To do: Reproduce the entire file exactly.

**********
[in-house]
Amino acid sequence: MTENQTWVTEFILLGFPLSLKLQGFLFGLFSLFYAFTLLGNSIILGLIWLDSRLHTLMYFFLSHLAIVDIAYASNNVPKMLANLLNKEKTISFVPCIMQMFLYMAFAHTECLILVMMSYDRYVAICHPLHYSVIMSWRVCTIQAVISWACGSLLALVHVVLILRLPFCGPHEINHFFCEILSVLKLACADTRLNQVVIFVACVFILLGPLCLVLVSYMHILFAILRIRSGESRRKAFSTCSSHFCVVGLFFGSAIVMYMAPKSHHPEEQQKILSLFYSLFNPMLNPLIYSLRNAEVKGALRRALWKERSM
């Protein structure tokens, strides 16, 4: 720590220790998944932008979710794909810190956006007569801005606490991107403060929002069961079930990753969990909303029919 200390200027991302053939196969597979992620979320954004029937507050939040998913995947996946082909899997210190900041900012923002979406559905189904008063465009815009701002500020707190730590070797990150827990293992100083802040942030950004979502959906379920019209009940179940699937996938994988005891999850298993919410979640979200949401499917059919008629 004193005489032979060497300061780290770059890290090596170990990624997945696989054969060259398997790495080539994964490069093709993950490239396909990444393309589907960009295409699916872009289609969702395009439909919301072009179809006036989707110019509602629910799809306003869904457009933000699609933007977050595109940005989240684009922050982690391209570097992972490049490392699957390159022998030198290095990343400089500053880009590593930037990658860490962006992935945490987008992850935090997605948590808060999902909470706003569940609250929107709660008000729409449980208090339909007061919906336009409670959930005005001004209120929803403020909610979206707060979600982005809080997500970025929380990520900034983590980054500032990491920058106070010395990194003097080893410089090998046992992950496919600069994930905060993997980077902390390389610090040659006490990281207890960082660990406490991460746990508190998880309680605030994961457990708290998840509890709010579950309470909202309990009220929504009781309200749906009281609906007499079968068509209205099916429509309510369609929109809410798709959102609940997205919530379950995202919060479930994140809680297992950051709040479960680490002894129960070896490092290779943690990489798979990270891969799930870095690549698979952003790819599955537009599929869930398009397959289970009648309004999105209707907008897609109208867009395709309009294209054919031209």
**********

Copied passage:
[in-house]
Amino acid sequence: MTENQTWVTEFILLGFPLSLKLQGFLFGLFSLFYAFTLLGNSIILGLIWLDSRLHTLMYFFLSHLAIVDIAYASNNVPKMLANLLNKEKTISFVPCIMQMFLYMAFAHTECLILVMMSYDRYVAICHPLHYSVIMSWRVCTIQAVISWACGSLLALVHVVLILRLPFCGPHEINHFFCEILSVLKLACADTRLNQVVIFVACVFILLGPLCLVLVSYMHILFAILRIRSGESRRKAFSTCSSHFCVVGLFFGSAIVMYMAPKSHHPEEQQKILSLFYSLFNPMLNPLIYSLRNAEVKGALRRALWKERSM
């Protein structure tokens, strides 16, 4: 720590220790998944932008979710794909810190956006007569801005606490991107403060929002069961079930990753969990909303029919 200390200027991302053939196969597979992620979320954004029937507050939040998913995947996946082909899997210190900041900012923002979406559905189904008063465009815009701002500020707190730590070797990150827990293992100083802040942030950004979502959906379920019209009940179940699937996938994988005891999850298993919410979640979200949401499917059919008629 004193005489032979060497300061780290770059890290090596170990990624997945696989054969060259398997790495080539994964490069093709993950490239396909990444393309589907960009295409699916872009289609969702395009439909919301072009179809006036989707110019509602629910799809306003869904457009933000699609933007977050595109940005989240684009922050982690391209570097992972490049490392699957390159022998030198290095990343400089500053880009590593930037990658860490962006992935945490987008992850935090997605948590808060999902909470706003569940609250929107709660008000729409449980208090339909007061919906336009409670959930005005001004209120929803403020909610979206707060979600982005809080997500970025929380990520900034983590980054500032990491920058106070010395990194003097080893410089090998046992992950496919600069994930905060993997980077902390390389610090040659006490990281207890960082660990406490991460746990508190998880309680605030994961457990708290998840509890709010579950309470909202309990009220929504009781309200749906009281609906007499079968068509209205099916429509309510369609929109809410798709959102609940997205919530379950995202919060479930994140809680297992950051709040479960680490002894129960070896490092290779943690990489798979990270891969799930870095690549698979952003790819599955537009599929869930398009397959289970009648309004999105209707907008897609109208867009395709309009294209054919031209």